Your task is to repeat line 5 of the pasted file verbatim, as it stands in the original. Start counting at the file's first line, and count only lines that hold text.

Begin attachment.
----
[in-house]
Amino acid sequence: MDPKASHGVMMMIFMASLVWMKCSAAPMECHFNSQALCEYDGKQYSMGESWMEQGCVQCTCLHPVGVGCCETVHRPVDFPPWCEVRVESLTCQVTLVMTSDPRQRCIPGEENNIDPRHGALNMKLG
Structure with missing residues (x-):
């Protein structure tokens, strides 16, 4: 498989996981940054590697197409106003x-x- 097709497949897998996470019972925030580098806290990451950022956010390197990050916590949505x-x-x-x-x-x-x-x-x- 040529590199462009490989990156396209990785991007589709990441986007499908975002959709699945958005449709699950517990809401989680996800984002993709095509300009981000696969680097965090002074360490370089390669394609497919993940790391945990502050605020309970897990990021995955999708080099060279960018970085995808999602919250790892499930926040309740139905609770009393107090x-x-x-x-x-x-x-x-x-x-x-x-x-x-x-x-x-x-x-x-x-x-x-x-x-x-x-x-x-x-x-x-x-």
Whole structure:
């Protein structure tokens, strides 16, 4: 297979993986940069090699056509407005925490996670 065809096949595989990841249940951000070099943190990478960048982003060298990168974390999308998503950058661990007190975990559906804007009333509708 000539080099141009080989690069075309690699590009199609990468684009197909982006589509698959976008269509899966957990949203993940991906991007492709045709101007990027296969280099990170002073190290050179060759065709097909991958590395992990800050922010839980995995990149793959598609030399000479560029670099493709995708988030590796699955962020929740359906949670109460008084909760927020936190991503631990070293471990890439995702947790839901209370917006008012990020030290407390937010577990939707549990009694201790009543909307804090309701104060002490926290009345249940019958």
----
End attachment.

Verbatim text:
Whole structure: